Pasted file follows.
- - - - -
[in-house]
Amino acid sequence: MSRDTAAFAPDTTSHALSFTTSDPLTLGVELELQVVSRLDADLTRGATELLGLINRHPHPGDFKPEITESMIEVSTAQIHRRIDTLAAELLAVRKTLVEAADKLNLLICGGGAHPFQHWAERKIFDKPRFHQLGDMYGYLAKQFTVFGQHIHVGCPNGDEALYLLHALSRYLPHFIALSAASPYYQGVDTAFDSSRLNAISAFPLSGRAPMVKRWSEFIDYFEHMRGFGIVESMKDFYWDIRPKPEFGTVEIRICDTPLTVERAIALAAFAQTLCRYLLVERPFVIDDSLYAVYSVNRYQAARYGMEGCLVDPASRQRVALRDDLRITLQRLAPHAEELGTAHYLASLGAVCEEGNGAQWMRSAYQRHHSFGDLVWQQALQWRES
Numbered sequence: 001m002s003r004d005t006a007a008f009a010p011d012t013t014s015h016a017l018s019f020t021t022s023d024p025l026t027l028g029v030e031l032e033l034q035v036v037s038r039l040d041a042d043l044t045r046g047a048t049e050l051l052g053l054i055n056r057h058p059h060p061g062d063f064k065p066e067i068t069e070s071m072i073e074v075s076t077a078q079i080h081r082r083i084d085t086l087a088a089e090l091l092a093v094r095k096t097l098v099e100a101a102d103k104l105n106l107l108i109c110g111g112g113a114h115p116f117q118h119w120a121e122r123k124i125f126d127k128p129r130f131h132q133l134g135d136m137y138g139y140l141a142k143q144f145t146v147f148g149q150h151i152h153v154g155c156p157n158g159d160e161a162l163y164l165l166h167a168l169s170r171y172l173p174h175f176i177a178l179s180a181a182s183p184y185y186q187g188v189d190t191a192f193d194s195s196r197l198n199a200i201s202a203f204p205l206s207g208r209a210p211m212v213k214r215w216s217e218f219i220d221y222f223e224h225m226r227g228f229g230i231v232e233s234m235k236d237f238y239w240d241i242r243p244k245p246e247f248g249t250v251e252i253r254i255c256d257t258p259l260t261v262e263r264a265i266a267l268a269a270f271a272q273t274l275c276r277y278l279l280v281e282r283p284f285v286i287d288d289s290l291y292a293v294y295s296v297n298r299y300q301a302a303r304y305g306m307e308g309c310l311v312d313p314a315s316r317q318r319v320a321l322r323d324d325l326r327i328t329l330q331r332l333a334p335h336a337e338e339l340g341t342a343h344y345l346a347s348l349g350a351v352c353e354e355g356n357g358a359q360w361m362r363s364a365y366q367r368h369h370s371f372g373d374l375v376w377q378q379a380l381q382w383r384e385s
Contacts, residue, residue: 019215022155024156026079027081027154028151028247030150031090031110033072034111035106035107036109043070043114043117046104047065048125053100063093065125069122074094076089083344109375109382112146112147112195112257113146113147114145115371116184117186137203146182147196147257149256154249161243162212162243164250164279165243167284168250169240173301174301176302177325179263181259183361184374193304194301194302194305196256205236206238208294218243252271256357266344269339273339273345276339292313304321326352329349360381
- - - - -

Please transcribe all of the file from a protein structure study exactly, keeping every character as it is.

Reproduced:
[in-house]
Amino acid sequence: MSRDTAAFAPDTTSHALSFTTSDPLTLGVELELQVVSRLDADLTRGATELLGLINRHPHPGDFKPEITESMIEVSTAQIHRRIDTLAAELLAVRKTLVEAADKLNLLICGGGAHPFQHWAERKIFDKPRFHQLGDMYGYLAKQFTVFGQHIHVGCPNGDEALYLLHALSRYLPHFIALSAASPYYQGVDTAFDSSRLNAISAFPLSGRAPMVKRWSEFIDYFEHMRGFGIVESMKDFYWDIRPKPEFGTVEIRICDTPLTVERAIALAAFAQTLCRYLLVERPFVIDDSLYAVYSVNRYQAARYGMEGCLVDPASRQRVALRDDLRITLQRLAPHAEELGTAHYLASLGAVCEEGNGAQWMRSAYQRHHSFGDLVWQQALQWRES
Numbered sequence: 001m002s003r004d005t006a007a008f009a010p011d012t013t014s015h016a017l018s019f020t021t022s023d024p025l026t027l028g029v030e031l032e033l034q035v036v037s038r039l040d041a042d043l044t045r046g047a048t049e050l051l052g053l054i055n056r057h058p059h060p061g062d063f064k065p066e067i068t069e070s071m072i073e074v075s076t077a078q079i080h081r082r083i084d085t086l087a088a089e090l091l092a093v094r095k096t097l098v099e100a101a102d103k104l105n106l107l108i109c110g111g112g113a114h115p116f117q118h119w120a121e122r123k124i125f126d127k128p129r130f131h132q133l134g135d136m137y138g139y140l141a142k143q144f145t146v147f148g149q150h151i152h153v154g155c156p157n158g159d160e161a162l163y164l165l166h167a168l169s170r171y172l173p174h175f176i177a178l179s180a181a182s183p184y185y186q187g188v189d190t191a192f193d194s195s196r197l198n199a200i201s202a203f204p205l206s207g208r209a210p211m212v213k214r215w216s217e218f219i220d221y222f223e224h225m226r227g228f229g230i231v232e233s234m235k236d237f238y239w240d241i242r243p244k245p246e247f248g249t250v251e252i253r254i255c256d257t258p259l260t261v262e263r264a265i266a267l268a269a270f271a272q273t274l275c276r277y278l279l280v281e282r283p284f285v286i287d288d289s290l291y292a293v294y295s296v297n298r299y300q301a302a303r304y305g306m307e308g309c310l311v312d313p314a315s316r317q318r319v320a321l322r323d324d325l326r327i328t329l330q331r332l333a334p335h336a337e338e339l340g341t342a343h344y345l346a347s348l349g350a351v352c353e354e355g356n357g358a359q360w361m362r363s364a365y366q367r368h369h370s371f372g373d374l375v376w377q378q379a380l381q382w383r384e385s
Contacts, residue, residue: 019215022155024156026079027081027154028151028247030150031090031110033072034111035106035107036109043070043114043117046104047065048125053100063093065125069122074094076089083344109375109382112146112147112195112257113146113147114145115371116184117186137203146182147196147257149256154249161243162212162243164250164279165243167284168250169240173301174301176302177325179263181259183361184374193304194301194302194305196256205236206238208294218243252271256357266344269339273339273345276339292313304321326352329349360381